That’s Men: What’s going on? Why do boys and young men lack drive?
Boys and young men may have rejected society’s notions of success - or they may be demoralised
It is over a decade since a man who was involved in training male apprentices expressed some exasperation that they did not seem interested in pushing him to one side to solve problems.
Instead, young men were content to be told the solution by him. Surely, he thought, they should be impatient to put their own solutions forward and to promote their own views against his?
Does this mean young men are in trouble or that they have worked out that much of what society tells them is a sham? The possible lack of ambition in young men in the educational sphere could be interpreted either way.
Five years ago, a Department of Education report called Sé Sí noted that since the expansion of second-level participation in the late 1960s, girls have demonstrated consistently higher rates of secondary school completion. Of those pupils who drop out before the Leaving Cert, almost two-thirds are boys. Of those who leave without any qualifications at all, two-thirds are also boys.
Since official records began in 1864, slightly more boys than girls have been born in Ireland. Yet in 2005, almost 7,000 boys of Leaving Cert age failed to sit that exam compared with about 3,000 girls. And about 1,350 boys failed to sit the Junior Cert compared with about 350 girls. You can find similar trends elsewhere. In the US boys are consistently doing worse in tests than girls of equal ability. Because they have equal ability, researchers have concluded that boys are just not putting in the effort compared with the girls.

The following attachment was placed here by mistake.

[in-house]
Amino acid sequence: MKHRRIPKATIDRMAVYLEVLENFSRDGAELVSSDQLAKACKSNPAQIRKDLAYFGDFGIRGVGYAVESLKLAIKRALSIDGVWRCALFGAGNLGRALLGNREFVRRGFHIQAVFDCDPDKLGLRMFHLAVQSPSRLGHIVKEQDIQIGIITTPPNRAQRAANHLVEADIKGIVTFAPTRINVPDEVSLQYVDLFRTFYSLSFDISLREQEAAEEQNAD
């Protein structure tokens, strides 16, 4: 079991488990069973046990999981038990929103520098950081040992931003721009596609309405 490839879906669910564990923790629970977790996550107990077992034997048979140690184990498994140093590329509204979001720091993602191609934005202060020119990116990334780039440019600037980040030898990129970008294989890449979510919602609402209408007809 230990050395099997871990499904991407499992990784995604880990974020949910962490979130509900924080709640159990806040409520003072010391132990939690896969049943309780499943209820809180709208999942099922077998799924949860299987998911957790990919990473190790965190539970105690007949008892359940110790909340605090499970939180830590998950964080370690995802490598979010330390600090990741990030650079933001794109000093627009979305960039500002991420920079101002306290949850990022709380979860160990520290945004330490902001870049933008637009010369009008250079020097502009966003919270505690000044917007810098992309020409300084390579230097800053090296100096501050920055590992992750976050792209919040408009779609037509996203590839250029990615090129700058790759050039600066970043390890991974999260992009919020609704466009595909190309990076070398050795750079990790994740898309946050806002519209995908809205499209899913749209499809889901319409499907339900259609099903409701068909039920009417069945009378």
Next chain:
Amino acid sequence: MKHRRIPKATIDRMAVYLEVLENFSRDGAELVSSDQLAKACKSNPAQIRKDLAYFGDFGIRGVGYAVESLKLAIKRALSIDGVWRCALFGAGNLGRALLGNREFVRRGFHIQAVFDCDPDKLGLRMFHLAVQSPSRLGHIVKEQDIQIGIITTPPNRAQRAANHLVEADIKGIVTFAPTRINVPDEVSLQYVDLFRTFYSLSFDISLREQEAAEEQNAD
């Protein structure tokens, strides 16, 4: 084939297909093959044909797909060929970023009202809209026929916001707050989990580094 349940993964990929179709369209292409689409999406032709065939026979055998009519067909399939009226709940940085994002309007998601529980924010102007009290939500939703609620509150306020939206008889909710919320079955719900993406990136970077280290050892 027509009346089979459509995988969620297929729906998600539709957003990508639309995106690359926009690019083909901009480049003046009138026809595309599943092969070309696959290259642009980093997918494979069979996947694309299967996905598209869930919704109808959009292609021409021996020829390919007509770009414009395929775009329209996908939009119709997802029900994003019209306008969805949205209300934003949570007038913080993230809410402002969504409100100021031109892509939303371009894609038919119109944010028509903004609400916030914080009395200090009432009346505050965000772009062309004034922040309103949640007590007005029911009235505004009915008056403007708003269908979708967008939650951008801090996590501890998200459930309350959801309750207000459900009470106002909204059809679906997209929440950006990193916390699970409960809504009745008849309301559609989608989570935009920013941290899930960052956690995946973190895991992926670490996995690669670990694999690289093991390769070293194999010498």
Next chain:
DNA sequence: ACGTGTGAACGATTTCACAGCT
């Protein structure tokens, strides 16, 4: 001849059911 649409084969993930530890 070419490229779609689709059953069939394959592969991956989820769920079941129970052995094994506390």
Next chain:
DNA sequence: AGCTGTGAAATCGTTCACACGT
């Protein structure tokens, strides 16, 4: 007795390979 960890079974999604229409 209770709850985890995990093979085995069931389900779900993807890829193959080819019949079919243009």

I asked earlier if boys have copped onto the notion that much of what society tells them is a sham. I was being somewhat mischievous. All the same, we know that higher incomes do not necessarily lead to significant increases in happiness so long as people are able to meet their basic needs.
Despite this, many of us work ourselves into the grave in order to gain some illusory advantage by earning more money which, in fact, does us no good at all.
So you could argue that perhaps boys at some level have realised this.
What’s the point in putting in a big effort to climb the ladder if the view from the top isn’t all that great?
I would like this to be true but I fear that something else is going on. If that something else is some sort of general demoralisation or loss of energy, then the future for boys is not great. Nor is the future great for the girls who may end up supporting them.
What is the answer? I simply don’t know. I expect we will understand the phenomenon when it is too late.
Addendum: On a visit to the Aillwee Cave in Co Clare, I was delighted to learn that the farmer who discovered the cave in 1944 took 30 years to tell anybody about it. Reticence is, I believe, a core characteristic of the Irish farmer. An uncle of mine, if asked how much he had got for cattle at the mart would reply “enough” and leave it at that. This, although the mart was a public event.
The man who found the cave was Jack McGann whose dog chased a rabbit inside and it took him more than three decades to mention it to cavers from England whom he met in a local bar.
I take my hat off to Jack McGann, a man who knew how to keep it under his hat.
Padraig O’Morain (pomorain@yahoo.
com) is a counsellor accredited by the Irish Association for Counselling and Psychotherapy.